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Connacht Tribune

Galway writer’s Mafiosa novel making international waves

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They say that good things come in threes – but that’s not the only reason that the final instalment of  trilogy is already making international waves.

Galway writer Catherine Doyle, who is at the vanguard of the Youth Adult genre, has just released Mafiosa – the third and final book in the Blood for Blood trilogy – and it has already gone down a storm.

Mafiosa tells the story of Sophie, who – protected by an infamous mafia family – is living a dangerous lie, while pretending to lead a normal life.

Her heart belongs to a killer and Sophie’s the prime target of a rival clan. She’s determined to seek revenge on her mother’s murderers, but can she pay the price – can she be a mafiosa?

It’s the final instalment in Catherine’s YA Blood for Blood series which started with Vendetta and Inferno – and a host of her fellow Youth Adult writers made the trip from the UK to Dublin for the official launch last week.

So, too did a host of her old school friends from the Taylor’s Hill Leaving Cert class of 2007, supporting the 26 year old whose own story publishing history reads like a novel in its own right – after she was spotted by the publisher who’d previously signed JK Rowling!

The 26-year-old, with a Bachelor’s Degree in Psychology and a Master’s Degree in Literature & Publishing, wrote her debut book, Vendetta, in secret, spending the twilight hours tied to the computer for 29 consecutive nights until the first draft emerged.

She then attached the first three chapters to emails addressed to potential agents. It was only after she had been taken on by her preferred agent in London that she revealed to her family that she had written a book and was now trying to get a publishing deal.

“They were so relieved, they were wondering what on earth I was doing in my room all that time not sleeping,” she said.

The real icing on the cake came when agent Claire Wilson broke the news that Chicken House were interested in signing the Galway author.

Its owner Barry Cunningham had signed JK Rowling after her Harry Potter novel had been rejected by twelve other publishers, a tale that Catherine had written about in her college thesis.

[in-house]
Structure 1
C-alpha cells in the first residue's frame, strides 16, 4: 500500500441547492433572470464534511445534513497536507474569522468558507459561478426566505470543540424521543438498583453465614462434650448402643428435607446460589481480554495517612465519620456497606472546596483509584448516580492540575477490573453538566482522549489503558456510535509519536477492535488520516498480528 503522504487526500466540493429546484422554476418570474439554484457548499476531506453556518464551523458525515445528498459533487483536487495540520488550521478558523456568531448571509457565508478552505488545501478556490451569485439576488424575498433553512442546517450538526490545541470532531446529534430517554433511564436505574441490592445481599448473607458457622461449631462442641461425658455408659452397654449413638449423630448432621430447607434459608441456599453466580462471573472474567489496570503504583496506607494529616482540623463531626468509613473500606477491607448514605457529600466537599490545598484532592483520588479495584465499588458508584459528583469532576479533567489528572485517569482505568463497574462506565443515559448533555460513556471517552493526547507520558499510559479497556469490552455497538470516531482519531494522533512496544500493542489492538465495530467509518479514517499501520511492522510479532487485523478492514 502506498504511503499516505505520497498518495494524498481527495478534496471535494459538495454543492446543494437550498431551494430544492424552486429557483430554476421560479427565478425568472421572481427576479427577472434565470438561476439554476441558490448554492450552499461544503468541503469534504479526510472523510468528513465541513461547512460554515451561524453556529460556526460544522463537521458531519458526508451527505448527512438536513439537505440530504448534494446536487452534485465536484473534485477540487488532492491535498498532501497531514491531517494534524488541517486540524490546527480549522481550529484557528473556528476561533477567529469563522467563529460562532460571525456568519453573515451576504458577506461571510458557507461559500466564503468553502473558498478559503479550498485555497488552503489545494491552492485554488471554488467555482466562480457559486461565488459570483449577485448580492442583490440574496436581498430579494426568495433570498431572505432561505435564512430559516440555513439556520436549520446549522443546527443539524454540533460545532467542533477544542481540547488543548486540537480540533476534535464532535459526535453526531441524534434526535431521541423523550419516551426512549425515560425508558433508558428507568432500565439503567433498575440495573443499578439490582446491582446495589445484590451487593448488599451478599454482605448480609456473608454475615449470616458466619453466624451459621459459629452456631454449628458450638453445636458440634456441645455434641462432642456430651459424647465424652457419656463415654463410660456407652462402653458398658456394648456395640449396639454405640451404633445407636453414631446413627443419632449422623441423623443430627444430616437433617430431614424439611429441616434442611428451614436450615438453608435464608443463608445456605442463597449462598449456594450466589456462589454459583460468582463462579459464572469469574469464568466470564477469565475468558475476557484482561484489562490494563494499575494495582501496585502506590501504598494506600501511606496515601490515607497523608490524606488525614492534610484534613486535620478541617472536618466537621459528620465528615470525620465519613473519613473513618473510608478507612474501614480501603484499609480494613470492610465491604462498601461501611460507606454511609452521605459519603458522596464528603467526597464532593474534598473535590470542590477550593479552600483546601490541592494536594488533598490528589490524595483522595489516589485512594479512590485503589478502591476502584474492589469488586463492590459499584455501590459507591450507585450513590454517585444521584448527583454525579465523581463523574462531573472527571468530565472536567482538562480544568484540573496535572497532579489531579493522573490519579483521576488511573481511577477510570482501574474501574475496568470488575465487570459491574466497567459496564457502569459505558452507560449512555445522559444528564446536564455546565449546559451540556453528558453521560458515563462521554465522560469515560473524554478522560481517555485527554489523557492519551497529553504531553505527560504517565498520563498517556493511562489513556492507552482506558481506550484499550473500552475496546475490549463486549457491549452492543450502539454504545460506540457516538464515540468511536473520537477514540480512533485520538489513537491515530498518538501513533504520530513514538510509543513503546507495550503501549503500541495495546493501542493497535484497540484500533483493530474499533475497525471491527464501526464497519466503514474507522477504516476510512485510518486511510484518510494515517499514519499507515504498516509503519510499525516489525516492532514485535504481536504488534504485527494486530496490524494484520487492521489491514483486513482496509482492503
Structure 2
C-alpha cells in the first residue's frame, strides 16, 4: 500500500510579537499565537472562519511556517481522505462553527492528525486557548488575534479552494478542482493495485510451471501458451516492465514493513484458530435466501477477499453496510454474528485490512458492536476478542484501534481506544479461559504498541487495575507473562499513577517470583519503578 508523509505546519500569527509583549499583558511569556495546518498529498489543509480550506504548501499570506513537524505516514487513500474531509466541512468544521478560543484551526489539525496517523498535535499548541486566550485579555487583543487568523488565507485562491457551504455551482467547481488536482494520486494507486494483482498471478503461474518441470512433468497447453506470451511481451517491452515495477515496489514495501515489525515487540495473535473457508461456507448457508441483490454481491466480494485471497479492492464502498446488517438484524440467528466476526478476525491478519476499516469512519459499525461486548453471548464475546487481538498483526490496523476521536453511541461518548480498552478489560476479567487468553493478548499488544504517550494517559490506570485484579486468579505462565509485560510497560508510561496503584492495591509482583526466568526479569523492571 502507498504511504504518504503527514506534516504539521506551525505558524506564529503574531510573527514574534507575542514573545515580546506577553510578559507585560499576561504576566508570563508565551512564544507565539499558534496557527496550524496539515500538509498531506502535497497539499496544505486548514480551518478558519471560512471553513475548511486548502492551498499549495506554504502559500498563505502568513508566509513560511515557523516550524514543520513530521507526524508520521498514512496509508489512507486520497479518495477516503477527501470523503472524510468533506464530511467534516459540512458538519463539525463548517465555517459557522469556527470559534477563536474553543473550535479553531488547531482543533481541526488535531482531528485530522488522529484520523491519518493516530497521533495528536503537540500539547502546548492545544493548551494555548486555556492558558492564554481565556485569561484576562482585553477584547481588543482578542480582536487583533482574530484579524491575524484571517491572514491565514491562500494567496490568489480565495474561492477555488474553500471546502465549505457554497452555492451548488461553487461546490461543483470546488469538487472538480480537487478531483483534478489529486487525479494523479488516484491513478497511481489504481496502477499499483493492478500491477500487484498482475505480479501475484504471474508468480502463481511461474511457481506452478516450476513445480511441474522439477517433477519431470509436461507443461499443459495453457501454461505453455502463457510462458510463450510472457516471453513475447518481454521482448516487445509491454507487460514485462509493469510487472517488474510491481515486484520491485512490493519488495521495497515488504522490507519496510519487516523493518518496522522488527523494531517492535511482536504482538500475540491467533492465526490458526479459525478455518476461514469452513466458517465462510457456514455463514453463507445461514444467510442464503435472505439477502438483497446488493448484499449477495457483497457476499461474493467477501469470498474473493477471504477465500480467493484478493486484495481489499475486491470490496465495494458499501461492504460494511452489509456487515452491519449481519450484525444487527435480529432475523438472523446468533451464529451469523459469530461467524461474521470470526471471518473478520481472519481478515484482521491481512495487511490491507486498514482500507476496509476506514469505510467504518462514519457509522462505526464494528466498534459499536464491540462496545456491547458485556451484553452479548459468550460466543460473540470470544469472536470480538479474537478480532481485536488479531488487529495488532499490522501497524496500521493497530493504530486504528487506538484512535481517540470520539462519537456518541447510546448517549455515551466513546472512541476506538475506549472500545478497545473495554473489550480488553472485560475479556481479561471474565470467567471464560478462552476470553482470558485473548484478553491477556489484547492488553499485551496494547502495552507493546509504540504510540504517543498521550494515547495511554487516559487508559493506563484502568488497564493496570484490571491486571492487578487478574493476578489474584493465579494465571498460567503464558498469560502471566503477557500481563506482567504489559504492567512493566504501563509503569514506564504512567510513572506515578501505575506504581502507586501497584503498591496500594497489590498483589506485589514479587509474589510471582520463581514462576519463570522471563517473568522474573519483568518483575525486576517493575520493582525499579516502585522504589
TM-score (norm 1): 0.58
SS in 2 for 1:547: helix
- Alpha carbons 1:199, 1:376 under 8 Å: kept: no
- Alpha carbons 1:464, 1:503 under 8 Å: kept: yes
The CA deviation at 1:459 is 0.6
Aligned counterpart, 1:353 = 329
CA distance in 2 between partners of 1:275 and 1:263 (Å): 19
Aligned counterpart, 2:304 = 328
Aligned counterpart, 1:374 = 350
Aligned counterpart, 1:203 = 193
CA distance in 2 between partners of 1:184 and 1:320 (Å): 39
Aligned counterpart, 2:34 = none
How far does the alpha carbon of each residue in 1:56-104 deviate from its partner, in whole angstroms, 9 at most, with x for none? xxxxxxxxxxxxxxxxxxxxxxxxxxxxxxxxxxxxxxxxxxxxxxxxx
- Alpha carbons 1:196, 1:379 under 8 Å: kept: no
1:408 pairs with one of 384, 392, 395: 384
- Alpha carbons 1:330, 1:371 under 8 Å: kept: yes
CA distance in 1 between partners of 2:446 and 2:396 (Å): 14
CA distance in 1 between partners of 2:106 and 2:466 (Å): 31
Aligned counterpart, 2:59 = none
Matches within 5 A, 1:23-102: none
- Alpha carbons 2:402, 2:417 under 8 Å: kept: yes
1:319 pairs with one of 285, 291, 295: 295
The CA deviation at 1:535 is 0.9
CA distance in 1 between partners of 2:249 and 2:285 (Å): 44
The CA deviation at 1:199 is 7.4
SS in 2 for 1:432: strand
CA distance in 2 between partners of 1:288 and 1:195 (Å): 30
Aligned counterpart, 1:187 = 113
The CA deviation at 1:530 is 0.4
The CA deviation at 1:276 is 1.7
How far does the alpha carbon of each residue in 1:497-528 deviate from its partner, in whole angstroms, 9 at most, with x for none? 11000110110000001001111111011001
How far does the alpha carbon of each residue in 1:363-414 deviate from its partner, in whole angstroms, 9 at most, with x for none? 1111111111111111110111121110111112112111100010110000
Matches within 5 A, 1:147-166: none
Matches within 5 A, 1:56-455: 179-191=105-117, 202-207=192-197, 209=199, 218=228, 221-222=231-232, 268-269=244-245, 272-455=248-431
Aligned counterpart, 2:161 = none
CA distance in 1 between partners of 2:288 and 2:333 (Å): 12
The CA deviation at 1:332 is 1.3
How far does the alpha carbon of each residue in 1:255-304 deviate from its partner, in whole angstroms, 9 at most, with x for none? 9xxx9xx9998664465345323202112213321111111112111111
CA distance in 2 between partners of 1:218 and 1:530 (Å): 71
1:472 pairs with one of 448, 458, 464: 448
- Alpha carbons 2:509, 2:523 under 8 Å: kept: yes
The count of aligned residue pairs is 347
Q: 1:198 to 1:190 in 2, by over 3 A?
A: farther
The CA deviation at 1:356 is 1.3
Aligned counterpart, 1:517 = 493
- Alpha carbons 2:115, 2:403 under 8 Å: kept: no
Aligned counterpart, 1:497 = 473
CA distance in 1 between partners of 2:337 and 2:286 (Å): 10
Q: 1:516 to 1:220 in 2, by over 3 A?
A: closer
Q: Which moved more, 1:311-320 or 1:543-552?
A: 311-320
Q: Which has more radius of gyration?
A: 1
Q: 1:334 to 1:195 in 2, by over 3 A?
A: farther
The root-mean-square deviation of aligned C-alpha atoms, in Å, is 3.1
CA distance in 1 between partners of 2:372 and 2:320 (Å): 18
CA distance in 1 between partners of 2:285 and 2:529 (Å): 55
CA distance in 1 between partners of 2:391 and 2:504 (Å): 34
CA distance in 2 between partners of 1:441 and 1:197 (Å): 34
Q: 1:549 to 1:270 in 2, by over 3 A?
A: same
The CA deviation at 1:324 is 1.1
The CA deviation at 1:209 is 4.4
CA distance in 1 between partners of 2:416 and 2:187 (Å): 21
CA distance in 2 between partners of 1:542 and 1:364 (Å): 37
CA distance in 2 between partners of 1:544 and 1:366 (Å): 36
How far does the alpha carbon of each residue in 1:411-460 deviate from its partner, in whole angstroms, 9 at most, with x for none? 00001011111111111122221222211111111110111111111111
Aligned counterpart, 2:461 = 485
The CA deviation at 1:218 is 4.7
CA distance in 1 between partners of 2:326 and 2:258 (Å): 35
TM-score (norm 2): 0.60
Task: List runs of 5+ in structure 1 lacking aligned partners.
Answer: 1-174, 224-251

Catherine was raised in a house full of books with her two brothers by her mother, Renmore-based GP Grace Doyle, and her father, principal of ‘the Bish’ boys’ secondary school, Ciaran Doyle.

It was her mum who convinced Catherine to join her on a creative writing course as a favour – but Catherine quickly found that her confidence soared and she gained the self-belief necessary to put pen to paper.

Her meteoric rise to the top of the book charts continues unabated and Mafiosa is already a best seller – with talk of movie adaptations already in the air.

It looks like the sky’s the limit for the Galway girl who is now a literary success story – to the power of three!

Connacht Tribune

Hospitality group raises €90k

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Lorraine Gallagher (left) and Charlene Hurley of Galway Hospice presented with a cheque for €27,537 by Brian Lynch and Eveanna Ryan of Connacht Hospitality.

The Connacht Hospitality Group this week announced that they raised more than €90,000 for a range of good Irish causes throughout 2022.

The group, which owns well-known Galway establishments including The Connacht Hotel, An Púcán, HYDE Hotel, Residence Hotel and 1520 Bar, as well as the Galway Bay Golf Resort, held a range of events at various stages of 2022 to fundraise for Claddagh Watch Patrol, the National Breast Cancer Research Institute (NBCRI), Galway Hospice and Make-A-Wish Ireland.

The announcement of over €90,000 worth of funds raised by the Connacht Hospitality Group for national and local charities comes off the back of the past 12 months which saw the group aim to make Corporate Social Responsibility a core part of their identity. This focus allowed them to become more aware of the causes that need assistance while also raising the profile of many of the charities.

The group arranged a diverse array of events to raise funds, and had lots of imaginative ways of grabbing the public’s attention. One event saw people attend HYDE Bar to savour a menu made by a mystery celebrity. In the end, it was revealed that TV personality Gráinne Seoige was the Executive Chef on a night that generated over €8,000 for the NBCRI.